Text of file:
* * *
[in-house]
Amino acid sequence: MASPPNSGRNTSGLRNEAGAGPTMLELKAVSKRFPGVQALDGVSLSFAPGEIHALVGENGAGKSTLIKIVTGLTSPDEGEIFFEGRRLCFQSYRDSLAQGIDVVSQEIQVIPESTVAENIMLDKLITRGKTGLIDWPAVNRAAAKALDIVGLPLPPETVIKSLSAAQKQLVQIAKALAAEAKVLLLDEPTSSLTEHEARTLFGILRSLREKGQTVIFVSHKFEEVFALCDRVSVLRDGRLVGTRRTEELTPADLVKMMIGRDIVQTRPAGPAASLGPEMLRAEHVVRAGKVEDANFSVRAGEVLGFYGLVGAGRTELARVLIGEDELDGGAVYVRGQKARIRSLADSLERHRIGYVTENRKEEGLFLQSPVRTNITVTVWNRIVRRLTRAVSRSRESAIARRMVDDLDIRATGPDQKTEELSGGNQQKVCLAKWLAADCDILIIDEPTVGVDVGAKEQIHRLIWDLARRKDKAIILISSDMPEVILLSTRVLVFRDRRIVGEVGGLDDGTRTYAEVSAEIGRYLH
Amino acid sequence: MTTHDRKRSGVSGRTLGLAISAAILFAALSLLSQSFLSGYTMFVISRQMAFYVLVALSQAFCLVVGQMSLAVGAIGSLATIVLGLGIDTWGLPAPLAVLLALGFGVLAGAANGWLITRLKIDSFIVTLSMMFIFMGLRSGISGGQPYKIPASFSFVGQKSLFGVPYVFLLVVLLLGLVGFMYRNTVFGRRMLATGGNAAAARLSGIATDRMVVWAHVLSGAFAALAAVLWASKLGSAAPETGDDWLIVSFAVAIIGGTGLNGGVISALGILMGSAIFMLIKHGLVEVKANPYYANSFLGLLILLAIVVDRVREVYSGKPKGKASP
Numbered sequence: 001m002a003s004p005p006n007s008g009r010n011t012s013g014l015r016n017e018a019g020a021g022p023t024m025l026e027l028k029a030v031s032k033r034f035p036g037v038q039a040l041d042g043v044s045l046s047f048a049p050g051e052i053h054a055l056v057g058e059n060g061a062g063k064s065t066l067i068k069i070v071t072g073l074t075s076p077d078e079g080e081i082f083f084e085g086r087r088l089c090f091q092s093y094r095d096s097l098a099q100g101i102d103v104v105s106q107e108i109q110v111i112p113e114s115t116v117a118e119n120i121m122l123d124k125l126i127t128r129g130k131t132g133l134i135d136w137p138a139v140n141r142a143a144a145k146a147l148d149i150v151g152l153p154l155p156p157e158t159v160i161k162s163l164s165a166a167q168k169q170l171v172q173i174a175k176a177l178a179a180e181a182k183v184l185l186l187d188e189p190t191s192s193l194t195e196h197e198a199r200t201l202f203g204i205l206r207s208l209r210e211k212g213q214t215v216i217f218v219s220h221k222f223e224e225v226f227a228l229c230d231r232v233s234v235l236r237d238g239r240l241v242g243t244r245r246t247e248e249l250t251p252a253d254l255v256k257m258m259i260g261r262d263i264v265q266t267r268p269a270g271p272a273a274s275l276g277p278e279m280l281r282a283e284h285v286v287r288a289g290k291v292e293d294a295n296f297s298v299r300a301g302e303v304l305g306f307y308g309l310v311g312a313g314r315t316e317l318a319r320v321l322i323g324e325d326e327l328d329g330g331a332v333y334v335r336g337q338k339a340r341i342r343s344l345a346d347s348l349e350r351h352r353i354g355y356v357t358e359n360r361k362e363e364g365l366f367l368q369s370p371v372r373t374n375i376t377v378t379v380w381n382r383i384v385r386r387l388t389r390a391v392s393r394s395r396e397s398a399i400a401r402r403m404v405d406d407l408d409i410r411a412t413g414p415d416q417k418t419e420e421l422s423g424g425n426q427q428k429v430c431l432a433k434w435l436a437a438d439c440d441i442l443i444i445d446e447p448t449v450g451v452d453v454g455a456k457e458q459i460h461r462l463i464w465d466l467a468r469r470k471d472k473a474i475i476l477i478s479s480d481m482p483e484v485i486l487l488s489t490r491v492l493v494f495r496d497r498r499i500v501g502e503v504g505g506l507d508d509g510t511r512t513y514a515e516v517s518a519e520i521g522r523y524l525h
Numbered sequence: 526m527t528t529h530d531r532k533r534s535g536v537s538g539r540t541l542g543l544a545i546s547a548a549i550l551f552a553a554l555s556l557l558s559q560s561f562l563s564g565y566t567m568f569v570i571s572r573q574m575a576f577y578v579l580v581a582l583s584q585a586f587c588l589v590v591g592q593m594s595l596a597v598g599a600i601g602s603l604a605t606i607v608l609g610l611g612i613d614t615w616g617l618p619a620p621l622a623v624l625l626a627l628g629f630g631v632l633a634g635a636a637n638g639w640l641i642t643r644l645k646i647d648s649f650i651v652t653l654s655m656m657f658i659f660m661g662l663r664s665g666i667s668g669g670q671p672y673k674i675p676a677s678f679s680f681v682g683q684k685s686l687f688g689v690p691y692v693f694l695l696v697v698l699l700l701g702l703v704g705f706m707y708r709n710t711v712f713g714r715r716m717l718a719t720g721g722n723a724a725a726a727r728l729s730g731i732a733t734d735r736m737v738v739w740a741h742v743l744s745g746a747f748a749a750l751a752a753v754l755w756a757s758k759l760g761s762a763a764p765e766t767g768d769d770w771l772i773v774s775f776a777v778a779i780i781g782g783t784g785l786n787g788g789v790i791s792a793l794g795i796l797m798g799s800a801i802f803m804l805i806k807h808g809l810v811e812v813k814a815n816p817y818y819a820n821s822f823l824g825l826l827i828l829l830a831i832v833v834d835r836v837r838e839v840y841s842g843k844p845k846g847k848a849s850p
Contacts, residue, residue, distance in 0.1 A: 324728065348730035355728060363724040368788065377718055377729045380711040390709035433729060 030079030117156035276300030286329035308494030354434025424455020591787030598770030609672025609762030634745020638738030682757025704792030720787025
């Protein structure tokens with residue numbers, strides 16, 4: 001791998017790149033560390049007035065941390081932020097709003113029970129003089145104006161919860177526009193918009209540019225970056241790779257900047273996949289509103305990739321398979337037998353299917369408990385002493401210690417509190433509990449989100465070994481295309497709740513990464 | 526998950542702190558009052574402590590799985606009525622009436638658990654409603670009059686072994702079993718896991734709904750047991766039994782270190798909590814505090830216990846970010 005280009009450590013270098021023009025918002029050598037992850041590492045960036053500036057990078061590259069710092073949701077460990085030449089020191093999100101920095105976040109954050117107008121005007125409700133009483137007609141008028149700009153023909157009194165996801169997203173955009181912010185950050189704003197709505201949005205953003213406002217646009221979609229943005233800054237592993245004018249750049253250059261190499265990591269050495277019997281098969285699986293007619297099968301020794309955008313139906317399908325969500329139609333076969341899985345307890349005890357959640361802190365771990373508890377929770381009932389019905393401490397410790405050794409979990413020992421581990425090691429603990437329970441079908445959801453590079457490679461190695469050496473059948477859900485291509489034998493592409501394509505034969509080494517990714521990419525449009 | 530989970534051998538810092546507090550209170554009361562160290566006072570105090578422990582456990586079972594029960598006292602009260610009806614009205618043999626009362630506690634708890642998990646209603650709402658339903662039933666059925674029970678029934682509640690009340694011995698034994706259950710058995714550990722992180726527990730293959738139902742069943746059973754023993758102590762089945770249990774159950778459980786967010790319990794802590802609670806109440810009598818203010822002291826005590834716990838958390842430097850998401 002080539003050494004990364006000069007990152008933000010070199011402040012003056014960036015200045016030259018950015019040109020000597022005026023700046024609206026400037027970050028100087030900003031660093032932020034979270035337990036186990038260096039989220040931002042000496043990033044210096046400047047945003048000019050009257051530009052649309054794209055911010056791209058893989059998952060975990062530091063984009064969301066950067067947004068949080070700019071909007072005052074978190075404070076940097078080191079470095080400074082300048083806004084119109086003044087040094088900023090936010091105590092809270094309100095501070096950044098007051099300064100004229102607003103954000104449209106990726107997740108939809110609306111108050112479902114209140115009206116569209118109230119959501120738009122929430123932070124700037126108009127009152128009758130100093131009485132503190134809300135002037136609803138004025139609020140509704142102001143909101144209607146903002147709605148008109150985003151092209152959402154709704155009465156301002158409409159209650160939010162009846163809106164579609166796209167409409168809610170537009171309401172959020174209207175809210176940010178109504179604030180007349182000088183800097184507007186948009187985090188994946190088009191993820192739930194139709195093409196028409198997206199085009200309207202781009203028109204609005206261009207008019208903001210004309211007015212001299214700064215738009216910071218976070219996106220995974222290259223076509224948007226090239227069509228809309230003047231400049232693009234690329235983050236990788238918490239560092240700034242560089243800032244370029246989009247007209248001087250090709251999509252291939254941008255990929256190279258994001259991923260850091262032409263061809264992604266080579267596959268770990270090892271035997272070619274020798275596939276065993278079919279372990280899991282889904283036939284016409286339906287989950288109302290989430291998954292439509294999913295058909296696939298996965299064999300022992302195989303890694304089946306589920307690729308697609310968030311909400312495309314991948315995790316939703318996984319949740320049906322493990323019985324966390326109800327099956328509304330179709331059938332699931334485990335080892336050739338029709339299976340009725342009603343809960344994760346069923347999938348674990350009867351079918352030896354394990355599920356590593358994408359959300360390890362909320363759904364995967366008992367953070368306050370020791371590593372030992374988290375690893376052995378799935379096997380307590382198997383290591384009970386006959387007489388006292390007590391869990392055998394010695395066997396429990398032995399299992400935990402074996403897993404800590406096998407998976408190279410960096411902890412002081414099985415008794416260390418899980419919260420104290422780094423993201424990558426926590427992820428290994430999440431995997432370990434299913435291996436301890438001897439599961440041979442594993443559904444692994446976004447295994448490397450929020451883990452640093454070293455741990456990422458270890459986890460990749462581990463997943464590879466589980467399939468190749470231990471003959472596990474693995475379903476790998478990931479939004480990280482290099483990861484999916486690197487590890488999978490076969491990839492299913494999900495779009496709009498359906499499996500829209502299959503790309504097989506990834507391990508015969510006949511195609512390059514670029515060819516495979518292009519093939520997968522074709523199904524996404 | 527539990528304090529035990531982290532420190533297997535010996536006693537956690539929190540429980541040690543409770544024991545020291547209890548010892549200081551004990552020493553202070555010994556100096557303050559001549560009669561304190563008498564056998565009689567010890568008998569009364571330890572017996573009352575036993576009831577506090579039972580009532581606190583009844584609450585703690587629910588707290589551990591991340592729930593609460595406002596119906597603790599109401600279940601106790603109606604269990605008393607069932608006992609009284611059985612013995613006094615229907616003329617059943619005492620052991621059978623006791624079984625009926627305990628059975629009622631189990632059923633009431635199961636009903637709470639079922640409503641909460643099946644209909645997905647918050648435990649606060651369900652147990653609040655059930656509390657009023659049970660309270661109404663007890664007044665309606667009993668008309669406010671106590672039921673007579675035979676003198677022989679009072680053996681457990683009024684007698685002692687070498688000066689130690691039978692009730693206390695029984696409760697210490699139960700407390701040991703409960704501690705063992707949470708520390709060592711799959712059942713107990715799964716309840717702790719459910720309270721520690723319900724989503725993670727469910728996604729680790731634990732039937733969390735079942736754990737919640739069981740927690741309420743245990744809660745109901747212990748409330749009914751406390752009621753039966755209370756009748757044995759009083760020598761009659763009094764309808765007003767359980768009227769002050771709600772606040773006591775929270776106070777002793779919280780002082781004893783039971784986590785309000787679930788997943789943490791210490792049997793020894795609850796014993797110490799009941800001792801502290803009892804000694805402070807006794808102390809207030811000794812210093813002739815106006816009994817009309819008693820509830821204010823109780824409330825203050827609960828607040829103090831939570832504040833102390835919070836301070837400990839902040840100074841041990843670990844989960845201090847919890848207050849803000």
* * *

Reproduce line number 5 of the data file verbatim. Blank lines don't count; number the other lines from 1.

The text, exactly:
Numbered sequence: 526m527t528t529h530d531r532k533r534s535g536v537s538g539r540t541l542g543l544a545i546s547a548a549i550l551f552a553a554l555s556l557l558s559q560s561f562l563s564g565y566t567m568f569v570i571s572r573q574m575a576f577y578v579l580v581a582l583s584q585a586f587c588l589v590v591g592q593m594s595l596a597v598g599a600i601g602s603l604a605t606i607v608l609g610l611g612i613d614t615w616g617l618p619a620p621l622a623v624l625l626a627l628g629f630g631v632l633a634g635a636a637n638g639w640l641i642t643r644l645k646i647d648s649f650i651v652t653l654s655m656m657f658i659f660m661g662l663r664s665g666i667s668g669g670q671p672y673k674i675p676a677s678f679s680f681v682g683q684k685s686l687f688g689v690p691y692v693f694l695l696v697v698l699l700l701g702l703v704g705f706m707y708r709n710t711v712f713g714r715r716m717l718a719t720g721g722n723a724a725a726a727r728l729s730g731i732a733t734d735r736m737v738v739w740a741h742v743l744s745g746a747f748a749a750l751a752a753v754l755w756a757s758k759l760g761s762a763a764p765e766t767g768d769d770w771l772i773v774s775f776a777v778a779i780i781g782g783t784g785l786n787g788g789v790i791s792a793l794g795i796l797m798g799s800a801i802f803m804l805i806k807h808g809l810v811e812v813k814a815n816p817y818y819a820n821s822f823l824g825l826l827i828l829l830a831i832v833v834d835r836v837r838e839v840y841s842g843k844p845k846g847k848a849s850p